‘Drill’ Meets ‘Don’t Drill’ on Capitol Hill
August 7, 2008 - 4:51 AMDueling protesters -- those who favor expanded domestic oil drilling and those who do not -- clashed in front of the U.S. Capitol on Tuesday.
“Drill right, here right now,” demonstrators chanted as members of the liberal advocacy groups MoveOn.org and Oil Change International tried to make a statement to a handful of reporters who were there to cover the protest.
“Drilling is a gimmick and political ploy,” Ilyse Hogue, the campaign director for MoveOn.org, shouted over a megaphone. “It will not lower gas prices for 10 years according to the Department of Energy’s own standards.”
But demonstrators carrying signs reading, “Drill! Drill! Drill!” interjected. They insist that most Americans support expanded domestic drilling.
“Forty percent of Americans want more energy!” one counter-demonstrator shouted.
At one point, a pro-drilling protester emerged from the fray with a torn sign, shouting that MoveOn.org had restricted his free speech.
“We are here to counter the false message that MoveOn has,” Nan Swift, the campaign coordinator at the conservative organization Freedom Works told CNSNews.com. “We think increased supply will bring down gas prices. It’s simple supply and demand.”
But MoveOn.org’s Hogue told CNSNews.com that her group wants voters to understand that expanded domestic oil drilling is not a realistic solution to high energy prices.
“We want voters to see through the Republican’s gimmick,” said Hogue.
“We know drilling won’t affect the market for at least ten years. The bottom line is that the Democratic Party stands for the energy of the future. Not pie in the sky proposals like drilling that will only benefit Big Oil and show no discernable effect in the market for years.”
MoveOn.org is organizing another “emergency action” on Thursday as part of its effort to highlight Republicans’ “extensive ties to Big Oil.” The group also plans to deliver a petition to members of Congress, urging them to vote for “a switch to clean energy.”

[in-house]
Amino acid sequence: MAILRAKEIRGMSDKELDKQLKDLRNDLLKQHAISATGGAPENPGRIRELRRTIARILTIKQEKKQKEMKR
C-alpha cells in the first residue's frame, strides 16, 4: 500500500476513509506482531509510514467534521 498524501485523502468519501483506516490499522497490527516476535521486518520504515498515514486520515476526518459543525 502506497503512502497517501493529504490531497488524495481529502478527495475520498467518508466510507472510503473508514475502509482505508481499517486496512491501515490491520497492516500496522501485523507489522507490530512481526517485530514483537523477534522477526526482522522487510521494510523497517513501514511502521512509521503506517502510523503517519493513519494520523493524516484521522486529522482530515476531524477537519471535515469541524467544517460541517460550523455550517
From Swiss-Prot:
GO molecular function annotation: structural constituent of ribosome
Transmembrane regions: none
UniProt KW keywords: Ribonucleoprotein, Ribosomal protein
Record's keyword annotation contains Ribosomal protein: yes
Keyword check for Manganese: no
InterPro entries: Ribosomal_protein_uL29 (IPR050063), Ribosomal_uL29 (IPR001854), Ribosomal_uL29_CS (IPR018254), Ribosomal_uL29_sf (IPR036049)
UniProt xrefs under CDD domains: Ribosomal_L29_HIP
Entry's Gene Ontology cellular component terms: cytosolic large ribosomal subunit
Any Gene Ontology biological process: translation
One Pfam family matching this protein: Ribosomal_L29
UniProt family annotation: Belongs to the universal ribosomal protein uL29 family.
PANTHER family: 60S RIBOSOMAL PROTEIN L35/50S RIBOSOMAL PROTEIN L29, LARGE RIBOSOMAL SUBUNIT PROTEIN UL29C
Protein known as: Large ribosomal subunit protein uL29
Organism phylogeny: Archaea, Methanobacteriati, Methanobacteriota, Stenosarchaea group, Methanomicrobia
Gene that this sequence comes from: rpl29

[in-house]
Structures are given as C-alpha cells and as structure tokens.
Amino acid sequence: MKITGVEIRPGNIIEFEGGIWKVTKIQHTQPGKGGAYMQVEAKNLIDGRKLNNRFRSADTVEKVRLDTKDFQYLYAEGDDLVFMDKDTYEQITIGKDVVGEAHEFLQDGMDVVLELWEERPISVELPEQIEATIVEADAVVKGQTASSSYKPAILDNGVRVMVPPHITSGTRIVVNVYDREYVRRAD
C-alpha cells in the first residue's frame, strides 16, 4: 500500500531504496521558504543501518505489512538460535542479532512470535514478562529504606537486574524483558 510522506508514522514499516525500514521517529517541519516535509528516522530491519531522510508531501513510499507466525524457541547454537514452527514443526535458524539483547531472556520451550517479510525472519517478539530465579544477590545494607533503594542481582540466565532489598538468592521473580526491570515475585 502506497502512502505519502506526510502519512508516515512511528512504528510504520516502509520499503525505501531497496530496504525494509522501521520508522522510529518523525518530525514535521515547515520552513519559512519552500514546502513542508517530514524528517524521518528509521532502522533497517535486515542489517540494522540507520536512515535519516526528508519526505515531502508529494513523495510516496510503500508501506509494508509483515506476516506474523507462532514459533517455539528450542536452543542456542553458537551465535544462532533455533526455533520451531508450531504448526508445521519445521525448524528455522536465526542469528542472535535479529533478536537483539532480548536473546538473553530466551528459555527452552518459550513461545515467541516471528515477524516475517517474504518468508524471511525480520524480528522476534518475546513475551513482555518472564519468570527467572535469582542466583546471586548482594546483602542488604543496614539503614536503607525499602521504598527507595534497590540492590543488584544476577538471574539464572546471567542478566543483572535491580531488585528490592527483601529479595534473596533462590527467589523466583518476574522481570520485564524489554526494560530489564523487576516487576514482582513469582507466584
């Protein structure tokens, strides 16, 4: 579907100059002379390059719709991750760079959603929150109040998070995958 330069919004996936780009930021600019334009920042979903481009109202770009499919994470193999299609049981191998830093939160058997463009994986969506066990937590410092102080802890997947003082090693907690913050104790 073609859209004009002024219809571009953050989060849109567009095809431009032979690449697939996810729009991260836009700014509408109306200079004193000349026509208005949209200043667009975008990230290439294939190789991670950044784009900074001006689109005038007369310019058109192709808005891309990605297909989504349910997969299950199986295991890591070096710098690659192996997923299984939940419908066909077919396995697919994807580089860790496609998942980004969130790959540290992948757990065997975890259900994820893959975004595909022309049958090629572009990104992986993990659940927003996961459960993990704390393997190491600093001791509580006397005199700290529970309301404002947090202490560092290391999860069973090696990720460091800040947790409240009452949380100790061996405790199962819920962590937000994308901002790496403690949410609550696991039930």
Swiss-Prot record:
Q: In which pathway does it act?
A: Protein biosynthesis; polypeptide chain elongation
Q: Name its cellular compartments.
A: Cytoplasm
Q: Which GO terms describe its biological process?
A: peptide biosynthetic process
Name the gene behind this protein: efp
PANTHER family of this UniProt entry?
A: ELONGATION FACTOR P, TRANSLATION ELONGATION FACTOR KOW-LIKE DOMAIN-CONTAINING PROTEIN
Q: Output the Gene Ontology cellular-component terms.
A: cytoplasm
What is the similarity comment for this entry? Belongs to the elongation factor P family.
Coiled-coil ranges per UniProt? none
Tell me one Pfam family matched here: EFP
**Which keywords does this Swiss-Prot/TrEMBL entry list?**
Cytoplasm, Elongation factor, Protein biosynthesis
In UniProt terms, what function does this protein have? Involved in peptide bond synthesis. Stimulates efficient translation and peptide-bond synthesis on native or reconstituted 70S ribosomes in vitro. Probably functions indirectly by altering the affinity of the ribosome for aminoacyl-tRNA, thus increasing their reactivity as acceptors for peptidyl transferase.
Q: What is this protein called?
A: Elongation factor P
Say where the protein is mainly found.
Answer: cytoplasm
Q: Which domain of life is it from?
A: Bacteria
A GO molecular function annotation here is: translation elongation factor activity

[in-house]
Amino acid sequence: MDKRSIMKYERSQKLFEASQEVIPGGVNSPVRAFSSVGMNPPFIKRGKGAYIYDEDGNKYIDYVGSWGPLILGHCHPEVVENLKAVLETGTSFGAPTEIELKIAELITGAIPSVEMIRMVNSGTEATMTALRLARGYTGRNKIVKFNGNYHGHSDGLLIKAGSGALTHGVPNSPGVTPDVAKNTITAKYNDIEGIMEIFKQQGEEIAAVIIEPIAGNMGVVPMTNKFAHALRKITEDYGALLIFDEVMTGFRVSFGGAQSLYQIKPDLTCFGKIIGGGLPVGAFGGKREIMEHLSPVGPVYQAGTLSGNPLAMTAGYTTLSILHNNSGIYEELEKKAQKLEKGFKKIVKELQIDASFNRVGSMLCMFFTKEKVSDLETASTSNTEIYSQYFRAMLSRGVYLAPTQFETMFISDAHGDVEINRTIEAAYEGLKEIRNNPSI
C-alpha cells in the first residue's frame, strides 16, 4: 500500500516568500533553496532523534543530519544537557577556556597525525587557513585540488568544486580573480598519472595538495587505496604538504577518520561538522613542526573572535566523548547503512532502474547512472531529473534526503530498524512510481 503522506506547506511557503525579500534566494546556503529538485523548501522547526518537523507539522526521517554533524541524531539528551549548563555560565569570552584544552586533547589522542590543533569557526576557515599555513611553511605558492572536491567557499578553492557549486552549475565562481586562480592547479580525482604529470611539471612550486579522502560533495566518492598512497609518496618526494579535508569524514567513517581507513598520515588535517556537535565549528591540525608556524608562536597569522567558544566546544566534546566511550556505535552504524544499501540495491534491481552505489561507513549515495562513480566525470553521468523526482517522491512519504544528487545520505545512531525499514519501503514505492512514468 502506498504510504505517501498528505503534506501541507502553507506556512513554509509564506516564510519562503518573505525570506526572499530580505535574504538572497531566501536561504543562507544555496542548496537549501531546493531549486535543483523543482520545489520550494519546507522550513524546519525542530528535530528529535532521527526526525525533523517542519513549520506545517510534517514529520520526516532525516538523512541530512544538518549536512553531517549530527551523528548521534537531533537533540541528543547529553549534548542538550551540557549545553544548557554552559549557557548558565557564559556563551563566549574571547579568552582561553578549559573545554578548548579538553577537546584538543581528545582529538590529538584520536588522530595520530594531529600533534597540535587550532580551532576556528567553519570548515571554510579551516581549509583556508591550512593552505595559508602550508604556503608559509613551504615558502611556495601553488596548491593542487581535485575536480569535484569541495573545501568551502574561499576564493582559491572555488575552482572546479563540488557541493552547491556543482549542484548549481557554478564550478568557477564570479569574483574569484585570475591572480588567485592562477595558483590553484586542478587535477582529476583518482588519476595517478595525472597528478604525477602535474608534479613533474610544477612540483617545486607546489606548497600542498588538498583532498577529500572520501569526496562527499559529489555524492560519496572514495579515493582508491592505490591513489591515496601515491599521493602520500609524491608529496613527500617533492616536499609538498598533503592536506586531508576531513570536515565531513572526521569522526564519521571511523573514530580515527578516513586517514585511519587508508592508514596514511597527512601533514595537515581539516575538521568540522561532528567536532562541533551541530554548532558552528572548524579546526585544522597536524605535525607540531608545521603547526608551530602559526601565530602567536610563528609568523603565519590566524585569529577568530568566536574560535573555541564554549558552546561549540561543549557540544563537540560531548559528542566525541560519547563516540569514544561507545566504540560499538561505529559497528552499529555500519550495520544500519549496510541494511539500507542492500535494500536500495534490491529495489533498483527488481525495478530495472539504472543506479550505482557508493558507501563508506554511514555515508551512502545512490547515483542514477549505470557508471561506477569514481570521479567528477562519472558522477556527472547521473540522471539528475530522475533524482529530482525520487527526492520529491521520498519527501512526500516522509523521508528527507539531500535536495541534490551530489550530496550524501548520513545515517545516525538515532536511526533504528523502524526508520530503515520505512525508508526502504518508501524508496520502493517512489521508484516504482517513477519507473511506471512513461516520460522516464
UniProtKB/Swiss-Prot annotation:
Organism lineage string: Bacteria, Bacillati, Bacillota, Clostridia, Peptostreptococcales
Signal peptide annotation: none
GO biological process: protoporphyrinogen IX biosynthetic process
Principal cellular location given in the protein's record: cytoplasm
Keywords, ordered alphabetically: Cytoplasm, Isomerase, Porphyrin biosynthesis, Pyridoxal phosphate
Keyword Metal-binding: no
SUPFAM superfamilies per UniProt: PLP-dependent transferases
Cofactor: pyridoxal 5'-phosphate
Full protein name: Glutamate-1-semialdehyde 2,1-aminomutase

“Republicans are working hard to make it seem like they're fighting for cash-strapped commuters—and not the oil companies that want to drill the most,” MoveOn.org said in a message urging supporters to gather outside the Annandale, Va., office of Republican Rep. Tom Davis on Thursday.
“We've invited the media, and having a good crowd is critical to show them that voters don't want oil industry gimmicks, they want real solutions like alternative energy to solve our energy crisis.”
The liberal group admits that Republicans have been “dominating” the energy debate for weeks, but they say Republicans are pushing for oil drilling “only because their donors in the oil industry want it.”
According to MoveOn.org, the U.S. has only 1.6 percent of the world’s oil. The “don’t drill” contingent says it would take a decade or more to produce any oil -- and even then, they say, it won’t lower gasoline prices by any significant amount.
Republicans, including President Bush, disagree. They say that simply announcing the U.S. intention to drill for more oil on American soil would have the psychological effect of bringing prices down right away.
In mid-July, President Bush said it’s important to “change the psychology” that demand will always outstrip supply. It will take a while to get the offshore oil flowing he admitted. “But it won’t take a while to send a signal to the world that we’re willing to use new technologies to find oil reserves here at home.”
In its message to supporters on Wednesday, MoveOn.org noted that 76 percent of Americans “overwhelmingly” believe that policymakers should focus on investing in new energy technologies, including renewable fuels and more efficient vehicles rather than expanding exploration and drilling for more oil.
House Republicans ask, why not do all of it? They are pushing what they call an “all-of-the-above” energy plan -- legislation that would encourage greater use of alternative sources of energy as well as promote conservation and expand nuclear power and domestic oil drilling.
House Speaker Nancy Pelosi won’t allow a vote on their plan -- because she’s afraid it would pass, House Republican leaders say.
House Republicans are now waging a gas price protest on the floor of the House of Representatives. They’re furious that Speaker Pelosi sent lawmakers home on a five-week recess without first voting on energy legislation.
“We are proposing that we come back into session and have an up or down vote on an energy package that includes everything including drilling for additional oil and gas. This is not just about oil and gas, it’s about a comprehensive package,” said House Republican Conference Secretary John Carter (R-Texas).
“We have got to get the price of energy down to an affordable level again, and we only do that by a comprehensive that covers all of the energy.”